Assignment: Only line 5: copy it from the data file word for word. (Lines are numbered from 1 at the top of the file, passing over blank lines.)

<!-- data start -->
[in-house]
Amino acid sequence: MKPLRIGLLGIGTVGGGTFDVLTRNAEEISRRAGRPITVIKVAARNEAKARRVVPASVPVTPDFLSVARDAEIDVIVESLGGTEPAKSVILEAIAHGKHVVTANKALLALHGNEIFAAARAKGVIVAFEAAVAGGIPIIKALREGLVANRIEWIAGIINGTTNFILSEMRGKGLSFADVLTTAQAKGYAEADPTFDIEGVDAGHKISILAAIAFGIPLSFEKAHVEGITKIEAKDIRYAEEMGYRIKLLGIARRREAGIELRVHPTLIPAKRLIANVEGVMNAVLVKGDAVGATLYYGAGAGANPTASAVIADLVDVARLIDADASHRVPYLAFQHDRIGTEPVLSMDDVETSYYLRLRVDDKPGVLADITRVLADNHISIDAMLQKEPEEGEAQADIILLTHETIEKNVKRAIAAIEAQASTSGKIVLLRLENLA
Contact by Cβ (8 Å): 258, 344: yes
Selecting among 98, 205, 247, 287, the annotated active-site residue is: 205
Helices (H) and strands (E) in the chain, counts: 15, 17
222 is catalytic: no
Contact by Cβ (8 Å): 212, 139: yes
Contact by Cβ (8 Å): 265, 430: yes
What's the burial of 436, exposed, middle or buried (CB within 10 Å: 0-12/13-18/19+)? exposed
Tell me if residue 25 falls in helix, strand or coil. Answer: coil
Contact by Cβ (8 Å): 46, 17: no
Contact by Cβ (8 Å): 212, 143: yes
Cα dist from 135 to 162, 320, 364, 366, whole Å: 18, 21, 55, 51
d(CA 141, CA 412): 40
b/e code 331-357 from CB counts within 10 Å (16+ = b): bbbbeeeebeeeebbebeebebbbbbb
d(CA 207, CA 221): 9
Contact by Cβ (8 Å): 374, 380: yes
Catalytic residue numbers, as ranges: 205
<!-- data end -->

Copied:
Helices (H) and strands (E) in the chain, counts: 15, 17